Complex role patterns spread across organizational and regulatory boundaries make RBAC implementation in large organizations difficult. A protracted planning process must audit every job function and develop a logical set of roles that addresses every use case.
Inevitably, implementing RBAC uncovers edge cases that deny users critical data access. A phased approach will minimize operational risk at the cost of extended implementation timetables.
Once in place, RBAC can become resistant to change. Modifying a role or its permissions can have unanticipated consequences for user access and data security.
Business leaders must accept that mergers and other organizational changes require additional time to evaluate their impacts on role-based controls.
As analysts move from project to project and executives take on new responsibilities, the business cannot wait for role changes to work their way through overly-bureaucratic authorization processes.
RBAC teams may create many narrowly-defined roles to address scalability and flexibility issues. This role proliferation increases complexity and maintenance overhead.
Additionally, role proliferation undermines security and compliance as users accumulate roles. Over-permissioned users become security risks as their credentials grant excessive access to sensitive information.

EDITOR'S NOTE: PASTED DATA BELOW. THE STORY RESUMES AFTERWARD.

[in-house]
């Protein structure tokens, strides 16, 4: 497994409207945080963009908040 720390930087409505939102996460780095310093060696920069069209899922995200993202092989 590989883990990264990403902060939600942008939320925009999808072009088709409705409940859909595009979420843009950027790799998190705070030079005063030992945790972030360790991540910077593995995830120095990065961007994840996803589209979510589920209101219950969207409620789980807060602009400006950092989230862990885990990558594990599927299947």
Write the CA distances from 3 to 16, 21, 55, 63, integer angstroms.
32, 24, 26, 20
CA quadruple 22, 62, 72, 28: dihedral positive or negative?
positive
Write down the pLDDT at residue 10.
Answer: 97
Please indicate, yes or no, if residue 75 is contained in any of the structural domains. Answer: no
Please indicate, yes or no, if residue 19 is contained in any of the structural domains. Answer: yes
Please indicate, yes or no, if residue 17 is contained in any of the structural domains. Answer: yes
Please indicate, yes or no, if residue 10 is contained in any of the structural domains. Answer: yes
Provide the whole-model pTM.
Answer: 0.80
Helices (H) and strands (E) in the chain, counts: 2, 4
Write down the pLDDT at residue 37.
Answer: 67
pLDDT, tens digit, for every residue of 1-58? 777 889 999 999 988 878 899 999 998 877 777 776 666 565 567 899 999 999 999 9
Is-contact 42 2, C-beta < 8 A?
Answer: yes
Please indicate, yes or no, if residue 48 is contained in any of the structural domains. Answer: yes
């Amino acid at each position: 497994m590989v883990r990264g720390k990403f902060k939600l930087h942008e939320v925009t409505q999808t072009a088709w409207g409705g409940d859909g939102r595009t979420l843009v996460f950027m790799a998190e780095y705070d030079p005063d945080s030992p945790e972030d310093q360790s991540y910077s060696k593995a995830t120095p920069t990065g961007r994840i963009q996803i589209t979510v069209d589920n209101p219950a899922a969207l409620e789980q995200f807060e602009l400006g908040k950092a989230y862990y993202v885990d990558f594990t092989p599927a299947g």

RBAC’s inconveniences can lead to inappropriate behaviors that misuse or abuse the system. For instance, teams may use dummy accounts with multiple permissions as workarounds for gaps in team members’ role assignments.
Misuse like this jeopardizes compliance by undermining control over sensitive or protected information.
Despite its challenges, RBAC provides a well-documented path to security, data protection, and compliance. Addressing its challenges ensures that these security benefits do not interfere with RBAC’s most important benefit — collaborative data usage.
Properly implementing least-privileged access through RBAC makes data more accessible. You can assign people to roles that grant all the access they need to collaborate and generate impactful business insights.
Within the analytics context, RBAC policies can grant some users secure access to sensitive data while limiting others to less sensitive data — all within the same table.
RBAC policies within analytics platforms can control access at many levels, from platform features to schemas, tables, or columns. This granularity lets certain users work with sensitive data while limiting others to aggregated data with less risk.
Least-privileged access policies implemented through RBAC make data more secure by minimizing inappropriate data usage and unauthorized access.
RBAC limits the scope of external security breaches since a user’s compromised credentials will not give hackers unconstrained access to every system and dataset.
The same is true for risks from insider threats. Disgruntled workers only have access to data their roles permit. Gathering data beyond the scope of their roles is significantly harder.
Organizations that handle public data, such as healthcare providers or payment processors, are subject to data privacy protection regulations that impose severe penalties for data loss and inappropriate access.